The Audio Competition offers prizes of $1,000 in each of three categories: poetry, prose, and audio documentary. It’s easy to enter! All you need to record your work is a microphone, a computer, and free recording software, such as Audacity or GarageBand. Entries and payments can be submitted online.
All entrants receive a one-year, digital subscription to The Missouri Review. For full guidelines, please visit our website: http://www.missourireview.com/audiovisual/submissions/
She wrote this piece last week about a newly discovered short story by Charlotte Brontë:
Charlotte Brontë’s lost short story to be published
A long-lost short story written by Charlotte Brontë for a married man with whom she fell in love is to be published for the first time after being found in a Belgian museum a century after it was last heard of.
The tale, written in grammatically erratic French and entitled L’Ingratitude, is the first-known piece of homework set for Brontë by Constantin Heger, a Belgian tutor who taught both her and her sister Emily, and is believed to have inspired such ardour in the elder sibling that she drew on their relationship for her novel Villette.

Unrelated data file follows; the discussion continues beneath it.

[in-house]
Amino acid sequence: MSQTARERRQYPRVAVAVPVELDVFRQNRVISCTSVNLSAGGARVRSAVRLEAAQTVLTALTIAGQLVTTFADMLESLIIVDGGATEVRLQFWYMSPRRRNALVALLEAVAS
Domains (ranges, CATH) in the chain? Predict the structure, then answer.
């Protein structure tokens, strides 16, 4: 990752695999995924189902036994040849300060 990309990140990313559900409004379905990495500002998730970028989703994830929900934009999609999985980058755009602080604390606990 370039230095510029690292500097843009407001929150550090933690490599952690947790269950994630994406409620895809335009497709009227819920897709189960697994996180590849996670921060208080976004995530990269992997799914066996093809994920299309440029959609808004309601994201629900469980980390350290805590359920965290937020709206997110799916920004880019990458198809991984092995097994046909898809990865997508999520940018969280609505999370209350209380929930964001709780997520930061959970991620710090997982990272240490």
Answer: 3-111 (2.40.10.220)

Brian Bracken, a Brussels-based archivist and Brontë expert, found the manuscript in the Musée Royal de Mariemont. He said the short story had been last heard of in 1913, when it was given to a wealthy Belgian collector by Heger’s son, Paul. The London Review of Books (LRB) is to publish the story in full on its website last Wednesday and in its paper edition on Thursday.
“It was finished a month after Charlotte arrived in Brussels and is the first known devoir [piece of homework] of 30 the sisters would write for Heger,” writes Bracken in the LRB. “It contains a number of mistakes, mainly misspellings and incorrect tenses … he [Heger] often returned their essays drastically revised – sadly, there are no comments on this copy of L’Ingratitude.”